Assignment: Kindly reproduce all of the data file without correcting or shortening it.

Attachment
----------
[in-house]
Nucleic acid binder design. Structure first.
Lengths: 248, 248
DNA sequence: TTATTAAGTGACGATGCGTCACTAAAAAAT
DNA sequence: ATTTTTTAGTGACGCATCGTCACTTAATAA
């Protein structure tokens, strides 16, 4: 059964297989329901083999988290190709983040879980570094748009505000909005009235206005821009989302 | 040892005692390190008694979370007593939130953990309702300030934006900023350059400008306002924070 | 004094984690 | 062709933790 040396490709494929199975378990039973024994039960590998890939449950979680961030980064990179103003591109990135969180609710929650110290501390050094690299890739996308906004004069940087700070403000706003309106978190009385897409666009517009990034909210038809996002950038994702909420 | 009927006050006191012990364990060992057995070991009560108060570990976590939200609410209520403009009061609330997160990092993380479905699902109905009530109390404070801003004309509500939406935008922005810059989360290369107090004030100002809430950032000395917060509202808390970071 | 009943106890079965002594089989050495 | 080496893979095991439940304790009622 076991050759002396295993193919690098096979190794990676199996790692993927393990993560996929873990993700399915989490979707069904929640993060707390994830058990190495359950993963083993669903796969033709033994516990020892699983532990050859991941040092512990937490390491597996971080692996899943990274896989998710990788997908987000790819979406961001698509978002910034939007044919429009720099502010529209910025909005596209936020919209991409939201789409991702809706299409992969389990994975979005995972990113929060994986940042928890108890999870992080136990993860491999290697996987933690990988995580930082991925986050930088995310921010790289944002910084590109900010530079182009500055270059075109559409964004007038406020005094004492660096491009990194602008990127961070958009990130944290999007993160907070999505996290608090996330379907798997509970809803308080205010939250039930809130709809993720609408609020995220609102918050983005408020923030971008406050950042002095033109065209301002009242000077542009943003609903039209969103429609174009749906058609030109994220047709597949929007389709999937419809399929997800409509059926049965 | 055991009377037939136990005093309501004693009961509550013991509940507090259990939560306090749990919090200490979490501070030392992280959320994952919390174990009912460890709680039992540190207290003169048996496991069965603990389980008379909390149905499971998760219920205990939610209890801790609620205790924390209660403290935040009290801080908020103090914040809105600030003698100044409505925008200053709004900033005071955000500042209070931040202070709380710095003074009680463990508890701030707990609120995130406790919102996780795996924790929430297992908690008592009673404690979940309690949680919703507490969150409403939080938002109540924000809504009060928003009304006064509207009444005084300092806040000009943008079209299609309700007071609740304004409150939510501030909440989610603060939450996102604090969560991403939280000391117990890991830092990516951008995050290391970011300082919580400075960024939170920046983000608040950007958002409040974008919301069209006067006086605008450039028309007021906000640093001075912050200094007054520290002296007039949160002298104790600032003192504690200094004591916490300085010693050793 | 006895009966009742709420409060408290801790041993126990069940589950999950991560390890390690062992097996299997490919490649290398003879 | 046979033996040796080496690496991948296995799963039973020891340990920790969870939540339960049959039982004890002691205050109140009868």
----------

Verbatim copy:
[in-house]
Nucleic acid binder design. Structure first.
Lengths: 248, 248
DNA sequence: TTATTAAGTGACGATGCGTCACTAAAAAAT
DNA sequence: ATTTTTTAGTGACGCATCGTCACTTAATAA
């Protein structure tokens, strides 16, 4: 059964297989329901083999988290190709983040879980570094748009505000909005009235206005821009989302 | 040892005692390190008694979370007593939130953990309702300030934006900023350059400008306002924070 | 004094984690 | 062709933790 040396490709494929199975378990039973024994039960590998890939449950979680961030980064990179103003591109990135969180609710929650110290501390050094690299890739996308906004004069940087700070403000706003309106978190009385897409666009517009990034909210038809996002950038994702909420 | 009927006050006191012990364990060992057995070991009560108060570990976590939200609410209520403009009061609330997160990092993380479905699902109905009530109390404070801003004309509500939406935008922005810059989360290369107090004030100002809430950032000395917060509202808390970071 | 009943106890079965002594089989050495 | 080496893979095991439940304790009622 076991050759002396295993193919690098096979190794990676199996790692993927393990993560996929873990993700399915989490979707069904929640993060707390994830058990190495359950993963083993669903796969033709033994516990020892699983532990050859991941040092512990937490390491597996971080692996899943990274896989998710990788997908987000790819979406961001698509978002910034939007044919429009720099502010529209910025909005596209936020919209991409939201789409991702809706299409992969389990994975979005995972990113929060994986940042928890108890999870992080136990993860491999290697996987933690990988995580930082991925986050930088995310921010790289944002910084590109900010530079182009500055270059075109559409964004007038406020005094004492660096491009990194602008990127961070958009990130944290999007993160907070999505996290608090996330379907798997509970809803308080205010939250039930809130709809993720609408609020995220609102918050983005408020923030971008406050950042002095033109065209301002009242000077542009943003609903039209969103429609174009749906058609030109994220047709597949929007389709999937419809399929997800409509059926049965 | 055991009377037939136990005093309501004693009961509550013991509940507090259990939560306090749990919090200490979490501070030392992280959320994952919390174990009912460890709680039992540190207290003169048996496991069965603990389980008379909390149905499971998760219920205990939610209890801790609620205790924390209660403290935040009290801080908020103090914040809105600030003698100044409505925008200053709004900033005071955000500042209070931040202070709380710095003074009680463990508890701030707990609120995130406790919102996780795996924790929430297992908690008592009673404690979940309690949680919703507490969150409403939080938002109540924000809504009060928003009304006064509207009444005084300092806040000009943008079209299609309700007071609740304004409150939510501030909440989610603060939450996102604090969560991403939280000391117990890991830092990516951008995050290391970011300082919580400075960024939170920046983000608040950007958002409040974008919301069209006067006086605008450039028309007021906000640093001075912050200094007054520290002296007039949160002298104790600032003192504690200094004591916490300085010693050793 | 006895009966009742709420409060408290801790041993126990069940589950999950991560390890390690062992097996299997490919490649290398003879 | 046979033996040796080496690496991948296995799963039973020891340990920790969870939540339960049959039982004890002691205050109140009868």